Two days after the decision to lift the mask mandate on public transportation, the Boston Public Health Commission released a statement citing a 65% increase in COVID-19 cases over the past two weeks.
According to the Massachusetts Department of Public Health, COVID-19 cases spiked recently, hitting a high of 2,583 confirmed single-day cases on April 11.
The statement from the BPHC urged residents to continue abiding by measures such as testing and staying home if unwell, as well as renewing its indoor mask recommendation in order to prevent further spread of the virus.
“It’s also important to stay up to date on your vaccinations,” Bisola Ojikutu, executive director of the BPHC, stated in the press release. “These precautions are how we protect the progress we’ve made in our community.”
The BPHC also noted the importance of booster shots, and added that they protect against “waning immunity.”
Jacob Bor, an assistant professor of global health and epidemiology at Boston University, said vaccinations are important in order to safeguard against varying rates of COVID-19 throughout different communities.
“So it’s a real concern that these disparities in vaccine booster coverage will translate into health inequities during this current surge,” Bor said.
A group of researchers published an article on April 11 examining the rollout of COVID-19 vaccines and booster shots in Massachusetts. The data suggests there are still prominent inequalities in vaccine distribution across racial, economic, age and education groups in the state.
“The booster is really essential when it comes to preventing morbidity and mortality with the omicron period,” Bor, who co-authored the report, said. “People who are vaccinated and boosted will probably be just fine, and people who are not may have higher rates of poor outcomes.”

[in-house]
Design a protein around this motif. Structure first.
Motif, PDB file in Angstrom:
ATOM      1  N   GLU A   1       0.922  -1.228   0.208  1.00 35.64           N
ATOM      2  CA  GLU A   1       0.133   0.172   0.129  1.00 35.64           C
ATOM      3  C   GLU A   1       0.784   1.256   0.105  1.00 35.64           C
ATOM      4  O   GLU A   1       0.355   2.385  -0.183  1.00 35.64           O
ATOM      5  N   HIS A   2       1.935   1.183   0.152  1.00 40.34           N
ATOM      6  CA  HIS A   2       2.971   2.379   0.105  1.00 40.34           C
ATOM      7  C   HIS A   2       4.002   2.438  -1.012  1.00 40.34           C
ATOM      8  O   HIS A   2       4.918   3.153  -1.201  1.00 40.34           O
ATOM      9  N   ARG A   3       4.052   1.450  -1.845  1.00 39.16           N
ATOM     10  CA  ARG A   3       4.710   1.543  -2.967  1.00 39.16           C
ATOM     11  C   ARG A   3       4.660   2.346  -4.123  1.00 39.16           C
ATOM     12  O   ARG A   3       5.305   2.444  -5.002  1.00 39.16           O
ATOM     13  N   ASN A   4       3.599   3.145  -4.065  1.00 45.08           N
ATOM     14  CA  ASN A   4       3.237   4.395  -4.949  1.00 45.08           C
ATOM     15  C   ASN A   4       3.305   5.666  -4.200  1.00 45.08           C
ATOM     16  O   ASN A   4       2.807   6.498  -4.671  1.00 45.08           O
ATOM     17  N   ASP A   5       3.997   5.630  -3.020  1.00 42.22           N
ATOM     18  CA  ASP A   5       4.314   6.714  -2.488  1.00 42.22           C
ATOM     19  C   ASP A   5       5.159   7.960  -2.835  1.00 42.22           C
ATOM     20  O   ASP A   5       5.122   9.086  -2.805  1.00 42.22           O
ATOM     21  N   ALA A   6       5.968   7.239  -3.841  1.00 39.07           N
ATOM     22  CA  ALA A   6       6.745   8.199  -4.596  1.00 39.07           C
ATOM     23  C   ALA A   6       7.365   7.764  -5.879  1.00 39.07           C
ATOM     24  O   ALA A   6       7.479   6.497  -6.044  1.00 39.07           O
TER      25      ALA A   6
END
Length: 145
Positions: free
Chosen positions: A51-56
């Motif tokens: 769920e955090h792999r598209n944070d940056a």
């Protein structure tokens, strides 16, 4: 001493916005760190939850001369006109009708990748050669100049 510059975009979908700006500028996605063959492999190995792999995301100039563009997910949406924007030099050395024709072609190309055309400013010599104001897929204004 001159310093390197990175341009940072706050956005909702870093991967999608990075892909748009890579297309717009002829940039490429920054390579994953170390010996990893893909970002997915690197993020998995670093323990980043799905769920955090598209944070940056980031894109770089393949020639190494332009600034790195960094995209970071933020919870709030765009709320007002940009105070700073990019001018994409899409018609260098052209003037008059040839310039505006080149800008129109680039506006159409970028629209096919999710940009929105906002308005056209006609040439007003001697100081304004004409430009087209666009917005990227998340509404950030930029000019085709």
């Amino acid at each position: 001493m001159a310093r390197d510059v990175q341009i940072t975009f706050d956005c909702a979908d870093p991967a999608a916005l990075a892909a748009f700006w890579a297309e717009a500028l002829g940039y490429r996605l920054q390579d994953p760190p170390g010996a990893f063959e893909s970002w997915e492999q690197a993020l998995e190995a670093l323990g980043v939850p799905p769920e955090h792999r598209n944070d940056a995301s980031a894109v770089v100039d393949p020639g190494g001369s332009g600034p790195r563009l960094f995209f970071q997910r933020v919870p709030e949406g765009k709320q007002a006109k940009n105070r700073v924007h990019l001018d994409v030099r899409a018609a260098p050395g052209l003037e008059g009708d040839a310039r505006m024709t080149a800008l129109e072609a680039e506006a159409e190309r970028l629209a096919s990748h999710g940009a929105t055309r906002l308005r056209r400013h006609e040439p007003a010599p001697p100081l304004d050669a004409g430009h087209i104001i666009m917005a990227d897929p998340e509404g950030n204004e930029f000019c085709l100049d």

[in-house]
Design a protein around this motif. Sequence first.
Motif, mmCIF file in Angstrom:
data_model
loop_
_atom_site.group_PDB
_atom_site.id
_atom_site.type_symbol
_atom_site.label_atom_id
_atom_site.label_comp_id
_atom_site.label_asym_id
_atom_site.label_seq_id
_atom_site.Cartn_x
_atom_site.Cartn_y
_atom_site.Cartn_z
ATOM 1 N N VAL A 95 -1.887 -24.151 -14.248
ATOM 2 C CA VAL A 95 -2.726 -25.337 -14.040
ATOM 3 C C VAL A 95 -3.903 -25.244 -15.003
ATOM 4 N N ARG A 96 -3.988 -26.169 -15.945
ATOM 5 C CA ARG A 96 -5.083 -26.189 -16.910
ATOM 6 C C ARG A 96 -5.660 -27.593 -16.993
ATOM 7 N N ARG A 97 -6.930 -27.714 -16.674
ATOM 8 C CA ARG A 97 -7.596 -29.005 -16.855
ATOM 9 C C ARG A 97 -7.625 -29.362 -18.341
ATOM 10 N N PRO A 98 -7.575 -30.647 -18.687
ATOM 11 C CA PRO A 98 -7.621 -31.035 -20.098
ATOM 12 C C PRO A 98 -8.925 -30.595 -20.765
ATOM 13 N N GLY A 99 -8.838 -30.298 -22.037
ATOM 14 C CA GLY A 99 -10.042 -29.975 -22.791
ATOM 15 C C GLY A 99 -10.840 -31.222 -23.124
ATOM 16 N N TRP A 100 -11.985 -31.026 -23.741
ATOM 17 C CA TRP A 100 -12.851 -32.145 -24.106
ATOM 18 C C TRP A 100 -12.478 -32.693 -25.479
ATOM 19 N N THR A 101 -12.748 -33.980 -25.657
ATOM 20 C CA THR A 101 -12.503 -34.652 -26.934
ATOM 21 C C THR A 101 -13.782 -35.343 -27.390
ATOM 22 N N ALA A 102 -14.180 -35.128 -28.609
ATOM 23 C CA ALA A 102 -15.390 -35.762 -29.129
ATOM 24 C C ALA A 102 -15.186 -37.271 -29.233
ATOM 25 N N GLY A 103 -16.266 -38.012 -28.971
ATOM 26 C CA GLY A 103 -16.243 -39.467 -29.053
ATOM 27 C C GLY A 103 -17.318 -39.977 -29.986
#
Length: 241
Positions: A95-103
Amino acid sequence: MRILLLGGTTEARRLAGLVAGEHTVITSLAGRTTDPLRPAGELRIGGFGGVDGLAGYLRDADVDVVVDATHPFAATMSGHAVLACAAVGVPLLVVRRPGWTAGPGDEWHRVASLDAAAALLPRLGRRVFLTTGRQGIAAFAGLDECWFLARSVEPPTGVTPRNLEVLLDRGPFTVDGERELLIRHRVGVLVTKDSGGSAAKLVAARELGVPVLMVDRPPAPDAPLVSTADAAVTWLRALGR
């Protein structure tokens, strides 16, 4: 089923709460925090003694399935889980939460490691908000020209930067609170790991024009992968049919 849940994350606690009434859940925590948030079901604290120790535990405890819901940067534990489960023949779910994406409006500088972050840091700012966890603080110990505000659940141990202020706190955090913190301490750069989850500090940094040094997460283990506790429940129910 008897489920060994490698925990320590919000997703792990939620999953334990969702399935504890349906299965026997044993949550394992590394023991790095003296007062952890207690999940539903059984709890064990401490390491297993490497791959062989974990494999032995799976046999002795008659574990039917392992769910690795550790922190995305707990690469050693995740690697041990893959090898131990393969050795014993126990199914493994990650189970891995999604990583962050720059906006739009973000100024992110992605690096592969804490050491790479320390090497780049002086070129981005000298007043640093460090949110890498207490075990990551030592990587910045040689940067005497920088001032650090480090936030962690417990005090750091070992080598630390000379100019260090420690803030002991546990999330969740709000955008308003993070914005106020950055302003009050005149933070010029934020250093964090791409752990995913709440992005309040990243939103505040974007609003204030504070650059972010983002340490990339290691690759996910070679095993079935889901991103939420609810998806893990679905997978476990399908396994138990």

The report also found that 77% of residents ages 20-39 received a primary vaccine-series and only 35% percent of them were covered by a booster.
Paul Beninger, a professor of public health and community medicine at Tufts Medical School, said the statistics hadn’t come as a surprise to him.
“People felt like they were comfortable,” Beninger said. “So the drive to get the booster has always seemed to have been less pressure, more elective, less essential. It always seemed to be secondary unless of course you fall into any of the risk groups.”
According to the report, education was a stronger indicator of coverage than race or wealth.
“Across the state, zip codes with higher education levels had much higher vaccination and booster coverage than others,” Bor said.
As of last Tuesday, masks are no longer required on the MBTA or at Logan International Airport. Following a federal judge’s decision to overturn national mask mandates on public transportation — almost a week after the Centers for Disease Control and Prevention extended the mandate until May 3 — President Joe Biden has stated publicly that he plans to seek to appeal the ruling.
“I think now lifting the mask mandate gives people more room to exercise their own decisions,” George Tang, a Boston city resident, said. “Now is a good time to open up.”
Quincy Stuart, another Boston resident, said lifting the mask mandate — especially on public transportation — makes him feel “uncomfortable.”
“I still would feel a bit scared because again we still are in an age where there is a pandemic,” Stuart said.
Bor said if a city is experiencing a rise in COVID-19 cases, they should consider their own public health measures.
“I think it’s — from a public health perspective — a no-brainer that [mandates] should be on the table as one of the options,” Bor said. “I would love to see our city take a stand and see what happens.”
Although public health restrictions are relaxing, Bor added vaccines are an important measure to keep in mind.
“I think part of the normalization of COVID in our lives needs to be the normalization of vaccines,” Bor said. “It should just be integrated into our lives.”
City Associate Editor Phoebe Chen contributed to the reporting for this article.